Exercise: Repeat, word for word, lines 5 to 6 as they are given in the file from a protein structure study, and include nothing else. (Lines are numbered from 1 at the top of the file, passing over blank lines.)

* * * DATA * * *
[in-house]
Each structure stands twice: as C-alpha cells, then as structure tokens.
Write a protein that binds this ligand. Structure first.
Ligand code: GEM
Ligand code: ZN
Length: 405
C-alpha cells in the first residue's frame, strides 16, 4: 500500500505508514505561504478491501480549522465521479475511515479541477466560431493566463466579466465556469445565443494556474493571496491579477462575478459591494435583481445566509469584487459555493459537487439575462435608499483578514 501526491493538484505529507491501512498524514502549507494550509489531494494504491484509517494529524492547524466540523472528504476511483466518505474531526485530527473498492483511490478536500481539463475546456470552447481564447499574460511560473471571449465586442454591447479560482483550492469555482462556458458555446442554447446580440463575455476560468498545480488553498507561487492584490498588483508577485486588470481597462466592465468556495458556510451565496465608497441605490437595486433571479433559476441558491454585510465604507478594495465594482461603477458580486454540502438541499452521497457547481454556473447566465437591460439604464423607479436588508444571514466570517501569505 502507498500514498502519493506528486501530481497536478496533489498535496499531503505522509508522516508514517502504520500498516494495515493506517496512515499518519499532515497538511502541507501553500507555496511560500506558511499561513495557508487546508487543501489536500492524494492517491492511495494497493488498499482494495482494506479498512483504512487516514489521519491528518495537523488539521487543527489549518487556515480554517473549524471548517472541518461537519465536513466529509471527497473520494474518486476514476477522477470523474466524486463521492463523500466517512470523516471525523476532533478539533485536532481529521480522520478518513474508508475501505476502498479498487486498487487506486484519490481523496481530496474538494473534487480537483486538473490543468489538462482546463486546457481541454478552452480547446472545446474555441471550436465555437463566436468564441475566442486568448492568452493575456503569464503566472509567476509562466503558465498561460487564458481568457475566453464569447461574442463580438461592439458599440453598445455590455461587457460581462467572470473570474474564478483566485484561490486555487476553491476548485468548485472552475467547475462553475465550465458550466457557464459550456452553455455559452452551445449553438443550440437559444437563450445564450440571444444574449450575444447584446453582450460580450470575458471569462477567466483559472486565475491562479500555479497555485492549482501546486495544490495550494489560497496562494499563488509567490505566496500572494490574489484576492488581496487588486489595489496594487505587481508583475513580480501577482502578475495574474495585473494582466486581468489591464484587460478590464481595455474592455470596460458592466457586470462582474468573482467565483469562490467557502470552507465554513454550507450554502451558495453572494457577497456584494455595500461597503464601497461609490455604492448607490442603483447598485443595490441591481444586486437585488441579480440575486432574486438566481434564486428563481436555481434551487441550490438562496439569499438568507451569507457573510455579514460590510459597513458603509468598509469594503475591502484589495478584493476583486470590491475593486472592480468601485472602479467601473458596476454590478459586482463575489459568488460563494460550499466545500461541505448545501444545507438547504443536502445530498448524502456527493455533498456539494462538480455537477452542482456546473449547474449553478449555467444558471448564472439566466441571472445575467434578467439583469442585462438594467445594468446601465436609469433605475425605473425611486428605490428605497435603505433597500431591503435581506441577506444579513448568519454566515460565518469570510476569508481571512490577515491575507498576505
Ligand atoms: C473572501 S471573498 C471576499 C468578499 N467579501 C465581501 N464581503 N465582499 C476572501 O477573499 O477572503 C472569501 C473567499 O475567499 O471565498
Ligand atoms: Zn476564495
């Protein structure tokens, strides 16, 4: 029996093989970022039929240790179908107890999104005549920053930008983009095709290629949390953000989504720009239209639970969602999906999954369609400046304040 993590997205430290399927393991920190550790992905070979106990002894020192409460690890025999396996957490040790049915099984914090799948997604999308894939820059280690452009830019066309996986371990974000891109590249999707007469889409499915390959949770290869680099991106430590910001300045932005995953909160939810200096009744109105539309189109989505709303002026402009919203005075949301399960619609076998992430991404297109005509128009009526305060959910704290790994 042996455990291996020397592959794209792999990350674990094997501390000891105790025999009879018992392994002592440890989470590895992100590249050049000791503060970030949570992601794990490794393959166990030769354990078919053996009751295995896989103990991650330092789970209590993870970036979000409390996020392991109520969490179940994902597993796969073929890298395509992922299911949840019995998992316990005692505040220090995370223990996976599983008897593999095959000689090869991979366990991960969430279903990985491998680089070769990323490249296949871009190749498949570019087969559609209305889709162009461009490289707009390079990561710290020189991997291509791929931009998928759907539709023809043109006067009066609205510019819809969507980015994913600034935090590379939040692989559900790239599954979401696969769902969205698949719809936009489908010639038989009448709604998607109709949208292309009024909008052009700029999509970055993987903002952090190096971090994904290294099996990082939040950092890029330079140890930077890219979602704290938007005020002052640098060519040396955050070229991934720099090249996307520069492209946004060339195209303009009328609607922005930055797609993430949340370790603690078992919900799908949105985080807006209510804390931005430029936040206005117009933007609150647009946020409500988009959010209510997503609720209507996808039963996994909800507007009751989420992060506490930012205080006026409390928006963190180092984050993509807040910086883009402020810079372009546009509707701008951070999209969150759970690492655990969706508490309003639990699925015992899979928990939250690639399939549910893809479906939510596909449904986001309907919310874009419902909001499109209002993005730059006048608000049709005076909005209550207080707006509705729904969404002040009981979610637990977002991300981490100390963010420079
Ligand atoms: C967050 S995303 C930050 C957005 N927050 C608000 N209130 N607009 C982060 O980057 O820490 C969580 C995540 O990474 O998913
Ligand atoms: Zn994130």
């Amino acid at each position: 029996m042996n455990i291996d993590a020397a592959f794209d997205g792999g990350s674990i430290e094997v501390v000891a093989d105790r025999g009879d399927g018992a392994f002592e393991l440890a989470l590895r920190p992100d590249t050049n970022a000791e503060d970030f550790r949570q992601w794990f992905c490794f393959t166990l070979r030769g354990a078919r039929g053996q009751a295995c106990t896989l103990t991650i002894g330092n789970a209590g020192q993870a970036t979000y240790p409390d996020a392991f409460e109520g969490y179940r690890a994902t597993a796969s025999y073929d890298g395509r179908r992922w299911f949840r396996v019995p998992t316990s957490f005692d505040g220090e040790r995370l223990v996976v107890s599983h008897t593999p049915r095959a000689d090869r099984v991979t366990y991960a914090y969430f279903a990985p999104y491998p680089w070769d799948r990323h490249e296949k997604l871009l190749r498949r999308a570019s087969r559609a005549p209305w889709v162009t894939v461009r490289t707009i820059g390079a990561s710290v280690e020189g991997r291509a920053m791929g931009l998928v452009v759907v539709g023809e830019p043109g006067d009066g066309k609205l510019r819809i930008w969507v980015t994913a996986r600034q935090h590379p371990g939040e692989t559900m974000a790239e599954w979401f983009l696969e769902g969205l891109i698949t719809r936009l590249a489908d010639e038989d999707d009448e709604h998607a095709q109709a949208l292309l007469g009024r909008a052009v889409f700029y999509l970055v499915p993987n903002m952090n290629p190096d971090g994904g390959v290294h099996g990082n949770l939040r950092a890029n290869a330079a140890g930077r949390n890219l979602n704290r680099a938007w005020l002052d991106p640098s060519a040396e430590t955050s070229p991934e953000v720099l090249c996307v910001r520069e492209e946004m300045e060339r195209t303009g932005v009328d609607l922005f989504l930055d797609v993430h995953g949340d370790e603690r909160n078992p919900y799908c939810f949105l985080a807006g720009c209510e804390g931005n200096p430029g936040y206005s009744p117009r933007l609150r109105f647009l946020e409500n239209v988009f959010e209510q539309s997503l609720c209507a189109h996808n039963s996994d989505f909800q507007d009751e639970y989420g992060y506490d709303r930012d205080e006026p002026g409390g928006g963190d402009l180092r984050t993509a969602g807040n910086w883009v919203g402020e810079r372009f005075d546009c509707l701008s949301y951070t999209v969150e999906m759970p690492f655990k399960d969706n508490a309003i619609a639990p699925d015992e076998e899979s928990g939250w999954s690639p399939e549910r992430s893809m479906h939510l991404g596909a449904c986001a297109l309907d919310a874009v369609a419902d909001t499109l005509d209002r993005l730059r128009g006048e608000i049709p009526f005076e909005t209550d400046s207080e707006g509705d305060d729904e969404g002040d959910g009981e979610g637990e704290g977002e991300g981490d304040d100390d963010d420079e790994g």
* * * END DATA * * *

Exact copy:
Ligand code: ZN
Length: 405